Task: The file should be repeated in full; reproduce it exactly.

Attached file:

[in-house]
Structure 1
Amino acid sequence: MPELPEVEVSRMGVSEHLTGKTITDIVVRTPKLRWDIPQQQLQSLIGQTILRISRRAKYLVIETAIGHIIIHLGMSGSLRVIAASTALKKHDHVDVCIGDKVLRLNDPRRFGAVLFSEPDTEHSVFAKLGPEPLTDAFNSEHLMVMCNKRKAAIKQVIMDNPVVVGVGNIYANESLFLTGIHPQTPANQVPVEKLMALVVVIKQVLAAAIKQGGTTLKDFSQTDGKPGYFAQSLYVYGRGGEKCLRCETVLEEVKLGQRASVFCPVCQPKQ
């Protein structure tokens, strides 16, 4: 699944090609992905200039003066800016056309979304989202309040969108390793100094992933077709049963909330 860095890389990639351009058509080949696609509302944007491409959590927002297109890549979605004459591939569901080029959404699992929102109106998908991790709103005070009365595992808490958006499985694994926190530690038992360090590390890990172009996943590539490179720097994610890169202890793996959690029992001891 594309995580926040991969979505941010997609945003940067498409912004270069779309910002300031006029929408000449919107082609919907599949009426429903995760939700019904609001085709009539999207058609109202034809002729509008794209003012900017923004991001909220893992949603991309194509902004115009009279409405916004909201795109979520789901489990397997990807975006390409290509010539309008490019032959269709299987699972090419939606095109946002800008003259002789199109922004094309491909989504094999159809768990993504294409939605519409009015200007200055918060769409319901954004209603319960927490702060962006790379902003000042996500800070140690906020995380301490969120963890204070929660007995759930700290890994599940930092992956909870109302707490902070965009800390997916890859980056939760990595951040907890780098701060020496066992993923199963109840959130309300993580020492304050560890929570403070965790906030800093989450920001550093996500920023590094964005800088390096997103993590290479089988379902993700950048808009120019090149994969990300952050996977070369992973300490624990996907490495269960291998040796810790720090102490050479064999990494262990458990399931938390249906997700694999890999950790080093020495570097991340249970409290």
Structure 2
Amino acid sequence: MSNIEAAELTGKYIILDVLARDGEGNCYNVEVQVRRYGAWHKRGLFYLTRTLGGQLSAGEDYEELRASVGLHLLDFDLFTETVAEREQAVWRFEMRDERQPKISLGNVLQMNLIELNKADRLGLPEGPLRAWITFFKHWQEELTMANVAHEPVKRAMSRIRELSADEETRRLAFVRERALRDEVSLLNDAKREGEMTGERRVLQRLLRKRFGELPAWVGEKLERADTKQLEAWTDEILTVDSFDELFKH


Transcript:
[in-house]
Structure 1
Amino acid sequence: MPELPEVEVSRMGVSEHLTGKTITDIVVRTPKLRWDIPQQQLQSLIGQTILRISRRAKYLVIETAIGHIIIHLGMSGSLRVIAASTALKKHDHVDVCIGDKVLRLNDPRRFGAVLFSEPDTEHSVFAKLGPEPLTDAFNSEHLMVMCNKRKAAIKQVIMDNPVVVGVGNIYANESLFLTGIHPQTPANQVPVEKLMALVVVIKQVLAAAIKQGGTTLKDFSQTDGKPGYFAQSLYVYGRGGEKCLRCETVLEEVKLGQRASVFCPVCQPKQ
């Protein structure tokens, strides 16, 4: 699944090609992905200039003066800016056309979304989202309040969108390793100094992933077709049963909330 860095890389990639351009058509080949696609509302944007491409959590927002297109890549979605004459591939569901080029959404699992929102109106998908991790709103005070009365595992808490958006499985694994926190530690038992360090590390890990172009996943590539490179720097994610890169202890793996959690029992001891 594309995580926040991969979505941010997609945003940067498409912004270069779309910002300031006029929408000449919107082609919907599949009426429903995760939700019904609001085709009539999207058609109202034809002729509008794209003012900017923004991001909220893992949603991309194509902004115009009279409405916004909201795109979520789901489990397997990807975006390409290509010539309008490019032959269709299987699972090419939606095109946002800008003259002789199109922004094309491909989504094999159809768990993504294409939605519409009015200007200055918060769409319901954004209603319960927490702060962006790379902003000042996500800070140690906020995380301490969120963890204070929660007995759930700290890994599940930092992956909870109302707490902070965009800390997916890859980056939760990595951040907890780098701060020496066992993923199963109840959130309300993580020492304050560890929570403070965790906030800093989450920001550093996500920023590094964005800088390096997103993590290479089988379902993700950048808009120019090149994969990300952050996977070369992973300490624990996907490495269960291998040796810790720090102490050479064999990494262990458990399931938390249906997700694999890999950790080093020495570097991340249970409290």
Structure 2
Amino acid sequence: MSNIEAAELTGKYIILDVLARDGEGNCYNVEVQVRRYGAWHKRGLFYLTRTLGGQLSAGEDYEELRASVGLHLLDFDLFTETVAEREQAVWRFEMRDERQPKISLGNVLQMNLIELNKADRLGLPEGPLRAWITFFKHWQEELTMANVAHEPVKRAMSRIRELSADEETRRLAFVRERALRDEVSLLNDAKREGEMTGERRVLQRLLRKRFGELPAWVGEKLERADTKQLEAWTDEILTVDSFDELFKH